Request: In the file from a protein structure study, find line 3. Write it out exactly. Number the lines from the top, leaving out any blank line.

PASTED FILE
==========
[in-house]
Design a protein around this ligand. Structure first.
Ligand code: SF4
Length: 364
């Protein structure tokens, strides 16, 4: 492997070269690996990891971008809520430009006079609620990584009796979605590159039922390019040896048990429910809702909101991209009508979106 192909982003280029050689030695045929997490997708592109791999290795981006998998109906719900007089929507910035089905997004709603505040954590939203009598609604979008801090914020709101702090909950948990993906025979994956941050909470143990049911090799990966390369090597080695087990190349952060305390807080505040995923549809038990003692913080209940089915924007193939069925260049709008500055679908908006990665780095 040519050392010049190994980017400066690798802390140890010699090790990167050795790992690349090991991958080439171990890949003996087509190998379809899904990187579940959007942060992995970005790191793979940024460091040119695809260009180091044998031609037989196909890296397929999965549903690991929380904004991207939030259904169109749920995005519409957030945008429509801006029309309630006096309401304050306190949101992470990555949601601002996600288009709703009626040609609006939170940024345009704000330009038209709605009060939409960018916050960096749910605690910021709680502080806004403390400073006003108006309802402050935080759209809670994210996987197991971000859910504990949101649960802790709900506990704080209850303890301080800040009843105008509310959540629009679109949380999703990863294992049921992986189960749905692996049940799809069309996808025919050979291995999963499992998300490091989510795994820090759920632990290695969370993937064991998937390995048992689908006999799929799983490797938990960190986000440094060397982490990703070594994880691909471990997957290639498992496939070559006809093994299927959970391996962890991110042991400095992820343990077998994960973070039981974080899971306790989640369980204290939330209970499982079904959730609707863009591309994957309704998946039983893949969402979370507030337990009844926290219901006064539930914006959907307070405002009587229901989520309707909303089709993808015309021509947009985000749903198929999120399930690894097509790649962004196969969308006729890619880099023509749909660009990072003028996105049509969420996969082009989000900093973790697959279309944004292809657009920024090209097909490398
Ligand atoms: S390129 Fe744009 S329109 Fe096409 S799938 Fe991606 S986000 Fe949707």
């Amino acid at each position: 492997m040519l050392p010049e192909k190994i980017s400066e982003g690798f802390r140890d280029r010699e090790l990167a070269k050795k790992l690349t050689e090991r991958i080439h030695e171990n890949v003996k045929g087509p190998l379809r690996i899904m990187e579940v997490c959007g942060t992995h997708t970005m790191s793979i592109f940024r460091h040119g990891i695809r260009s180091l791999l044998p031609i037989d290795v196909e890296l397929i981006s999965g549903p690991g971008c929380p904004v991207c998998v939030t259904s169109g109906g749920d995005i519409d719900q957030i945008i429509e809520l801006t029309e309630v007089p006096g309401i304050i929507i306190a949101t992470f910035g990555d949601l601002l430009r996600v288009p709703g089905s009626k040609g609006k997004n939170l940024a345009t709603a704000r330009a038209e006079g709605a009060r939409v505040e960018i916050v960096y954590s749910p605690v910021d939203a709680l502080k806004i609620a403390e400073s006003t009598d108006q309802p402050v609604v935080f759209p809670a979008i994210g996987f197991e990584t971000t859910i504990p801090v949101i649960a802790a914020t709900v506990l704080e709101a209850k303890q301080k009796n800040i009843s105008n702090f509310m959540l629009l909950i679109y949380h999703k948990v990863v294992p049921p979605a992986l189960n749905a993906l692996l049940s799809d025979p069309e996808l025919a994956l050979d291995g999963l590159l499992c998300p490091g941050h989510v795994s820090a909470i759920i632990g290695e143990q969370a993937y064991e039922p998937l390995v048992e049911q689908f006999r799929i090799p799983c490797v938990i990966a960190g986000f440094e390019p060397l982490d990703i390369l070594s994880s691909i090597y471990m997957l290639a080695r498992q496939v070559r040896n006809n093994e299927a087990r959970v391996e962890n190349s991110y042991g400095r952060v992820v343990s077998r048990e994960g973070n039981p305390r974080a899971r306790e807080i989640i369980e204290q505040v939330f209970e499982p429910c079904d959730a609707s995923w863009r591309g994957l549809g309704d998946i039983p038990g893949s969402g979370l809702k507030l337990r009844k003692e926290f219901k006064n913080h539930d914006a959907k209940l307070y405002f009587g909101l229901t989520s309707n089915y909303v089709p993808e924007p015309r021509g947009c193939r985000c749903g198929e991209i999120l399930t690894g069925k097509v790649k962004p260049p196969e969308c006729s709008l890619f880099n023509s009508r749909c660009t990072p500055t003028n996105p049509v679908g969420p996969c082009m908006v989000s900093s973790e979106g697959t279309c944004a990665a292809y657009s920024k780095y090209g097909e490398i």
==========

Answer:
Ligand code: SF4